A few months after releasing Bitcoin support for its BigQuery database tool, Google has debuted a new plug-in for analyzing the Ethereum ETH blockchain.Google has provided users with a new avenue for directly interacting with Ethereum data.Services already exist that show information about wallet addresses and transactions, but until now, investigating the full breadth of data stored on the blockchain has been a cumbersome process.BigQuery can also connect directly with the Parity client.Regular Chrome users are now capable of reading all of the data stored on Ethereum’s blockchain.BigQuery can show us graphs of all the Ethereum transfers, including transaction cost.
Programme aims to make public datasets (with an emphasis on geospatial material) available and ready to run machine learning tools onGoogle Cloud Platform (GCP) has added an additional five petabytes (5PB) of data storage for public datasets to its BigQuery enterprise data warehouse, which already hosts over 100 machine learning-ready public datasets.The Google Cloud Public Datasets programme, launched in 2016, works with public data providers to store copies of high-value, high-demand public datasets in GCP to make them more accessible and discoverable.It currently hosts some 3PB of data including Landsat data from the United States Geological Survey (USGS), along with Bitcoin blockchain transactions, GitHub Activity Data and Human Genome Variants.The additional storage will be available for the next five years.Shane Glass Program Manager at Google Cloud Public Dataset Program said in a blog: “We also continuing to curate and host datasets in BigQuery so users can leverage BigQuery Machine Learning to analyze data with machine learning using standard SQL queries… so that our users can JOIN their private data and the world’s public data with as little time and effort as possible.”
One key to efficient data analysis of big data is to do the computations where the data lives.In some cases, that means running R, Python, Java, or Scala programs in a database such as SQL Server or in a big data environment such as Spark.But that takes some fairly technical programming and data science skills not often found among business analysts or SQL programmers.In addition, if you have to extract, transform, and load your datasets from your data warehouse to another data store for machine learning, you introduce delays in the process.[ Get started with TensorFlow machine learning.| Keep up with hot topics in programming with InfoWorld’s App Dev Report newsletter. ]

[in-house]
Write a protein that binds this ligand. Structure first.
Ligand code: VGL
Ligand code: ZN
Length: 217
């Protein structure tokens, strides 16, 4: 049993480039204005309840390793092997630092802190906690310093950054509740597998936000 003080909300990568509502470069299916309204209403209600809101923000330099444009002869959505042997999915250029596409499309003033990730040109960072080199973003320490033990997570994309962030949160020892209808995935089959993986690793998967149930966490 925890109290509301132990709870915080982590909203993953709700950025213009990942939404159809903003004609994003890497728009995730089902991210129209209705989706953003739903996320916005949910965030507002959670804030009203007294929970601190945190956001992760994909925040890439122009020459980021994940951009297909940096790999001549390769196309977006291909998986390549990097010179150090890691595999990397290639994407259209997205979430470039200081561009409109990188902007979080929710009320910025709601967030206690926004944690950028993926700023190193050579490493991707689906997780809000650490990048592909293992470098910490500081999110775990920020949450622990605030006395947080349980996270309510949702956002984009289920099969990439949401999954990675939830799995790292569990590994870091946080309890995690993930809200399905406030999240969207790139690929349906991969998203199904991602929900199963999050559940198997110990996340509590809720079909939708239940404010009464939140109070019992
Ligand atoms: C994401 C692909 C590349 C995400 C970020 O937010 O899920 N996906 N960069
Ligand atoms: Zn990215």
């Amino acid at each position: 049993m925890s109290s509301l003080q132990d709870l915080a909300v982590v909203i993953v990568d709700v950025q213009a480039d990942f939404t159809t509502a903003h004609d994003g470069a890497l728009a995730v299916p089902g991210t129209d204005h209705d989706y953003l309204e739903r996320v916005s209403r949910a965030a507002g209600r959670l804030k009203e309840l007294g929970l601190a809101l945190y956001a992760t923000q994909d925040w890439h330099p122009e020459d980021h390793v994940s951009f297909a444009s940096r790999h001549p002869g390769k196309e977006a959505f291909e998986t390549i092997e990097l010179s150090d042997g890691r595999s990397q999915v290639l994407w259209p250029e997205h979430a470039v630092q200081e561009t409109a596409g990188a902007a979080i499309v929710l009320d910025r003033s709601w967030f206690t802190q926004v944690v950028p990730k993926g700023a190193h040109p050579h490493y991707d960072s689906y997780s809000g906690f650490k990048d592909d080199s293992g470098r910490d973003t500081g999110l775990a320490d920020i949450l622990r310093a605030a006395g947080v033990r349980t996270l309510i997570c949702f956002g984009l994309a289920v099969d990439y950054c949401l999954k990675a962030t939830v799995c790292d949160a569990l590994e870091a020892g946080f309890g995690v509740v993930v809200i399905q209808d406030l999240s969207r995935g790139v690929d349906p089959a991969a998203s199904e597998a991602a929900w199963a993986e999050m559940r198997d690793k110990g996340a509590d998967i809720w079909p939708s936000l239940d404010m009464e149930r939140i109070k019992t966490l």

There are still a lot of obstacles to building machine learning models and one of those is that in order to build those models, developers often have to move a lot of data back and forth between their data warehouses and wherever they are building their models.Google is now making this part of the process a bit easier for the developers and data scientists in its ecosystem with BigQuery ML, a new feature of its BigQuery data warehouse, by building some machine learning functionality right into BigQuery.Using BigQuery ML, developers can build models using linear and logistical regression right inside their data warehouse without having to transfer data back and forth as they build and fine-tune their models.And all they have to do to build these models and get predictions is to write a bit of SQL.Moving data doesn’t sound like it should be a big issue, but developers often spend a lot of their time on this kind of grunt work — time that would be better spent on actually working on their models.BigQuery ML also promises to make it easier to build these models, even for developers who don’t have a lot of experience with machine learning.